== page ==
How John Weeks misunderstands neoliberalism

by Jehu

Professor John Weeks has written some papers on neoclassical economics that have been useful to me in understanding its core assumptions. In particular, I have found his paper on neoclassical theory of money to be extremely helpful. In Margaret Thatcher-1507907that paper, Weeks made it clear that since in neoclassical economics anything can be money, the fascist state must ensure its currency alone is money. Which means what serves as money within the world market cannot be open for negotiation. This argument goes a long way toward showing why the United States will not give up the special place of the dollar in world trade. I don’t always agree with Weeks conclusions, but I think his grasp of neoclassical theory is extremely worthwhile.

So, when I came across this three part interview on neoliberalism that Weeks held with The Real News Network it piqued my interest. Unfortunately, it turns out to be another example of how Week’s mastery of the assumptions of of neoclassical theory often has to be separated from his conclusions.

According to the interviewer (I have not yet read the book), the central argument of Weeks’ book is that “the inherent inefficiency and intrinsic malevolence of governments at all levels.” Against this neoclassical view of government, Weeks argues:

“The government sector needs to be larger. Just about all of the basic things governments do they do more effectively and cheaper than the private sector. One of the best examples is pensions. The U.S. Social Security system is much more efficient than anything in the private sector. And that is because the government doesn’t charge you a handling fee and doesn’t run a profit doing it.”

There are several problems with posing the question of government this way. The first is that “government”, i.e., the state, is the capitalists’ own state. Weeks never quite offers any real explanation for why, at least in theory, the capitalists have such hatred and disdain for their own state. But certainly no capitalist I have come across advocates abolition of the present state and the whole of policy discussions are concerned with what the state should be doing — not how to get rid of it. If the state is malevolent and inefficient, it seems the capitalists need this sort of malevolent inefficiency as a matter of policy.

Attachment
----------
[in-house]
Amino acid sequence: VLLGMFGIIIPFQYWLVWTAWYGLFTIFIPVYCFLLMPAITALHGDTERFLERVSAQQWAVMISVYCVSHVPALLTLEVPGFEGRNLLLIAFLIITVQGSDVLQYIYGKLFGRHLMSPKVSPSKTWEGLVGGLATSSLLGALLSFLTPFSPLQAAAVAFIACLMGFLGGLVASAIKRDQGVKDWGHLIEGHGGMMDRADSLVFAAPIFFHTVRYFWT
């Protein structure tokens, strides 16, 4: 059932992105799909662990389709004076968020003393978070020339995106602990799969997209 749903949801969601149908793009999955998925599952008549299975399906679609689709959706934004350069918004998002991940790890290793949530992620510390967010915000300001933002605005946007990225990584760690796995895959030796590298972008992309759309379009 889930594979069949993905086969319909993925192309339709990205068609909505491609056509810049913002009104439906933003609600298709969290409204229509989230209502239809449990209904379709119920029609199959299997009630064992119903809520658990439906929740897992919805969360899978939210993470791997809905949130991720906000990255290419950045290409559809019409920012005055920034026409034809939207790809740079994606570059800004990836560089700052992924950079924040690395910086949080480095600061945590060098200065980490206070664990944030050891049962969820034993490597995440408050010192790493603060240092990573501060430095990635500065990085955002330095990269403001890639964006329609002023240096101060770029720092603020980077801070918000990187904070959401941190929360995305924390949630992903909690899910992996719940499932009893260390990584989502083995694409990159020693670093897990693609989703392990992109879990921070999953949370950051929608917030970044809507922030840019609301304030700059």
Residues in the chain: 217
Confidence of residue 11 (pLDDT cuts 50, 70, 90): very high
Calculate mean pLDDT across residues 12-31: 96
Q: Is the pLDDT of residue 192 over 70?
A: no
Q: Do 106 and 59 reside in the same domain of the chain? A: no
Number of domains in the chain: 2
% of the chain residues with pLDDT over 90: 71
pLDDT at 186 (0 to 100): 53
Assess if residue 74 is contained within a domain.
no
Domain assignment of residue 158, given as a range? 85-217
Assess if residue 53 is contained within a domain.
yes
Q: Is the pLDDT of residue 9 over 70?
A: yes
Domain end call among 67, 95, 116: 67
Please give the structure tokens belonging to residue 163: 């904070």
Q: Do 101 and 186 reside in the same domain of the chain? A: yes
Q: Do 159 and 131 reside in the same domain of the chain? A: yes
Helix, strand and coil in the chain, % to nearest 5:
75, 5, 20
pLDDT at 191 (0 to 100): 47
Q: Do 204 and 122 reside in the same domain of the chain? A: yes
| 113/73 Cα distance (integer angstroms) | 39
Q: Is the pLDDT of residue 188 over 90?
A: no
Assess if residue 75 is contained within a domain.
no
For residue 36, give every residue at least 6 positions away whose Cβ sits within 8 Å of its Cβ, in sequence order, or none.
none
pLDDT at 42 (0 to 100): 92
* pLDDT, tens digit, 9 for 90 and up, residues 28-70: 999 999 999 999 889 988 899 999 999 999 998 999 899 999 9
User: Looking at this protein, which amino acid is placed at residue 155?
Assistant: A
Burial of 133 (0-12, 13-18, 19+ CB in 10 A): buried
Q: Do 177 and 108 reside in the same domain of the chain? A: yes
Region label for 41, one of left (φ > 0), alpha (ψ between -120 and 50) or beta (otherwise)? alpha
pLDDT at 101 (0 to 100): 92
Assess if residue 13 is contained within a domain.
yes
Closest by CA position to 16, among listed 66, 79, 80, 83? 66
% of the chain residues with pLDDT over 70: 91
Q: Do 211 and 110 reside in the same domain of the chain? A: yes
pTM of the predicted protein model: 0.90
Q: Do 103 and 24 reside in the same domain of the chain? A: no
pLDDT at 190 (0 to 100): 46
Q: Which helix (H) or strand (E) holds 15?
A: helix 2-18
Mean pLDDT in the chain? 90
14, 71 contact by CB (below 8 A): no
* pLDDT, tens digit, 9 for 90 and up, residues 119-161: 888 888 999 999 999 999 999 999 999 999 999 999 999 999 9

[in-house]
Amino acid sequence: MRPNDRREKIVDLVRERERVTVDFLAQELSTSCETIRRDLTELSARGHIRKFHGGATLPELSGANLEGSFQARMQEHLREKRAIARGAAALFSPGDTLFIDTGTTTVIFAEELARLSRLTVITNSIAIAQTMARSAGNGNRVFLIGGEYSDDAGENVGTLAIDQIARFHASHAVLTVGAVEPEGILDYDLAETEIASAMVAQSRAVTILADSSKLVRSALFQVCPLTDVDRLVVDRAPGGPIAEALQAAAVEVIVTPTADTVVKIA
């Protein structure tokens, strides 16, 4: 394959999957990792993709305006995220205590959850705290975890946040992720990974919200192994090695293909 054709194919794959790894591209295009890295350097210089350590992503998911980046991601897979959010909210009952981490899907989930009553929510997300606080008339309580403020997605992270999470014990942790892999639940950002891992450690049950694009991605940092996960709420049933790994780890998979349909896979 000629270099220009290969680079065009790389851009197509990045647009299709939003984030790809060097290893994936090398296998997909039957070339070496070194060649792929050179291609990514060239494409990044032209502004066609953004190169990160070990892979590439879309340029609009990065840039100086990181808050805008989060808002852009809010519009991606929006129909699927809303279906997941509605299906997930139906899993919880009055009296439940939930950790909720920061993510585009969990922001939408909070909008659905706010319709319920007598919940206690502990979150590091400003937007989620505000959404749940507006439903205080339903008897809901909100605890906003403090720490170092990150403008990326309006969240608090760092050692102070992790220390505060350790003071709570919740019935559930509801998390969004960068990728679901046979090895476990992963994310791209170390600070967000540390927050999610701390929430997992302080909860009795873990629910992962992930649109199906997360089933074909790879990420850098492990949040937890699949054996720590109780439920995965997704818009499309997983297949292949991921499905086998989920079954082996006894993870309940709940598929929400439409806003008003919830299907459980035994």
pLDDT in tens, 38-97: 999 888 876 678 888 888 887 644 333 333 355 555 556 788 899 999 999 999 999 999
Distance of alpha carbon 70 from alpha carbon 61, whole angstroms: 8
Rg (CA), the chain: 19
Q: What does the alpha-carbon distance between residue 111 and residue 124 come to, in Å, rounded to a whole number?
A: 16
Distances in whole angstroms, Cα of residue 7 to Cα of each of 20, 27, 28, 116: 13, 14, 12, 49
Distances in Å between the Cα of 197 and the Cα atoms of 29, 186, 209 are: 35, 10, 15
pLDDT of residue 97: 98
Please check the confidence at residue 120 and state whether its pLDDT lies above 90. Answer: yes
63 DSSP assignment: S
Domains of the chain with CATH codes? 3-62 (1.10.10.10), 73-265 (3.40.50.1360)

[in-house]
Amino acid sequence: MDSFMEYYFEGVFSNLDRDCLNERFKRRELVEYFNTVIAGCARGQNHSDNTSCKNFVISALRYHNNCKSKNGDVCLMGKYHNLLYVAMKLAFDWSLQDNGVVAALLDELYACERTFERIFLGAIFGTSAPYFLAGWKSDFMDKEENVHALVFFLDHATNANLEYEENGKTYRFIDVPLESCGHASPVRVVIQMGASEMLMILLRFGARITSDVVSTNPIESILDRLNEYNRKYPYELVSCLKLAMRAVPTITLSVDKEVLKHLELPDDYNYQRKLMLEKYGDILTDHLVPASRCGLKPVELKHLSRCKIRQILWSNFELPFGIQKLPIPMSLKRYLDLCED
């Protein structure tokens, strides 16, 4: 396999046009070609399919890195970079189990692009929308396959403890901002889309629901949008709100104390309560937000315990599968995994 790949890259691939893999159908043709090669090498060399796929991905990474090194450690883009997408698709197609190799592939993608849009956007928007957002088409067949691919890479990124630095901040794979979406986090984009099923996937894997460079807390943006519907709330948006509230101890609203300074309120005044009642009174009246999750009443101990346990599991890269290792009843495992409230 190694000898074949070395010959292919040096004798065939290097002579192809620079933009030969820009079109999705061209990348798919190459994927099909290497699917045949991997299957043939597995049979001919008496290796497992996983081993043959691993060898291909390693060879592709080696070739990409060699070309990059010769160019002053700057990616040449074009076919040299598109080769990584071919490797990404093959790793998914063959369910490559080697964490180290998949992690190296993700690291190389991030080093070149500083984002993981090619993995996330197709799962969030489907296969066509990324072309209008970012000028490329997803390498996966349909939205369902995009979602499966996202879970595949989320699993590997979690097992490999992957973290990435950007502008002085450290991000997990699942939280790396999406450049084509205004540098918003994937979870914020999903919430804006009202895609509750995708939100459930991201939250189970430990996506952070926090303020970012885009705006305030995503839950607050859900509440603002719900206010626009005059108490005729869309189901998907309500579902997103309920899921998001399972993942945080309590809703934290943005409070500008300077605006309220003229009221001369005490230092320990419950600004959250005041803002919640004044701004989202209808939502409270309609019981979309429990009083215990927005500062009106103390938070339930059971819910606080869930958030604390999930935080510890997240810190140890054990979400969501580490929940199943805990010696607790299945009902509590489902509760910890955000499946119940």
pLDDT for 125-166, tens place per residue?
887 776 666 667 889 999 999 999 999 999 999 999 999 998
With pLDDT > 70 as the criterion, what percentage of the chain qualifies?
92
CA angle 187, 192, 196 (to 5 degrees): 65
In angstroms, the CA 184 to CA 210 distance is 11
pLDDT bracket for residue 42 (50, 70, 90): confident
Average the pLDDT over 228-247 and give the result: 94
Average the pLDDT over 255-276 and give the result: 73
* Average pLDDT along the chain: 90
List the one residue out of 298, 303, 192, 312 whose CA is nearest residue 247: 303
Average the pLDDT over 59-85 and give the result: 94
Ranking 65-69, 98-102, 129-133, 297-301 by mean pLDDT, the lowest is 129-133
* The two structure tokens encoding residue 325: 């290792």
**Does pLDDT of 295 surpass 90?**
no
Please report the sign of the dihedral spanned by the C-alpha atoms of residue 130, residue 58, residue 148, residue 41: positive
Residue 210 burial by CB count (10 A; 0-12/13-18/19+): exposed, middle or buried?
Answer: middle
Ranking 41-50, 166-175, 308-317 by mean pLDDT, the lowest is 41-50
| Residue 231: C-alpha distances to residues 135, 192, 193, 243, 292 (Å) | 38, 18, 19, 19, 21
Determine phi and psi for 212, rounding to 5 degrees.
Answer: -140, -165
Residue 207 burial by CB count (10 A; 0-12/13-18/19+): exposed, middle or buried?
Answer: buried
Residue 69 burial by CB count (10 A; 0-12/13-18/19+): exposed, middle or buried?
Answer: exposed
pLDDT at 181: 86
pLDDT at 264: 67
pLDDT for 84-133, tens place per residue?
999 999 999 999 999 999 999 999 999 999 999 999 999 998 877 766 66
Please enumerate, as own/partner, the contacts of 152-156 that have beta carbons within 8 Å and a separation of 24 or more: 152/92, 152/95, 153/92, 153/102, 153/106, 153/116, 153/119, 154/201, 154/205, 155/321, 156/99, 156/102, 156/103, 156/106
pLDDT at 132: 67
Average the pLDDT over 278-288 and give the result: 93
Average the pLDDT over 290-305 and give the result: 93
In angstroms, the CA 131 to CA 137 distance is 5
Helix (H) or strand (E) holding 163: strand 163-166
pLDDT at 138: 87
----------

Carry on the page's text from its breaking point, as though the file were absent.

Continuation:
Second, Weeks never quite explains how the capitalists go about indoctrinating the majority of society to the view the state is malevolent and inefficient beyond asserting this is being done:

“The reason they believe it is because it’s beaten into people every day, because–think about it for a moment. [government spending] … is peanuts compared to the private sector. I mean, you have these executives who oversaw the collapse of the financial system, and each year they’re getting bonuses of up to $100 million, $300 million. Well, I mean, if this isn’t a waste, what is?”

Since the collapse of the financial sector was so clearly an expression of private sector waste, how can people be convinced government is even more wasteful? Obviously the fact that the private sector is wasteful has nothing to do with whether or not the public sector is also wasteful. For one thing, it is not at all clear people are making a comparison between relative scales of public and private waste to form their opinion on the state.

Moreover, when Weeks argues, “many of these companies produce things that are absolutely useless for the economy, making billions of dollars out of producing so-called financial products which led to the collapse of the economy”; he conveniently ignores the fact the customer for much wasteful ‘production’ is often the state itself. It is difficult to understand the hostility of the capitalist to government waste and inefficiency, when that same government is the market for capitalists’ production. Why would the capitalists demand an end to the wasteful state when it is, by far, their largest and most important customer? I mean, it is not as though there is a huge market for Trident nuclear submarines.

Nevertheless, Weeks insists the capitalists have sold the American people on the idea government is wasteful:

“But the idea’s been sold. You know, government is inefficient. We’ll make it as small as possible. It ought to be leaner and more effective.”

This idea, Weeks explains, is “nonsense”:

“The U.S. Social Security system is much more efficient than anything in the private sector. And that is because the government doesn’t charge you a handling fee and doesn’t run a profit doing it.”

Really? Is this true? Of course not.

Every year Washington charges a ‘handling fee’ that it assures us is being set aside for future Social Security needs. This ‘fee’ is supposed to be set aside in a ‘locked box’ for future generations — but is it? Clearly not: it is spent on Trident nuclear submarines. The so-called trust fund is used to finance military procurements and every other sort of waste. This mass of consumed revenue continues to appear as an outstanding debt on the ledger books of the fascist state, but, in fact, it has been consumed entirely. Thus when it comes time to actually make use of the funds, they will be gone.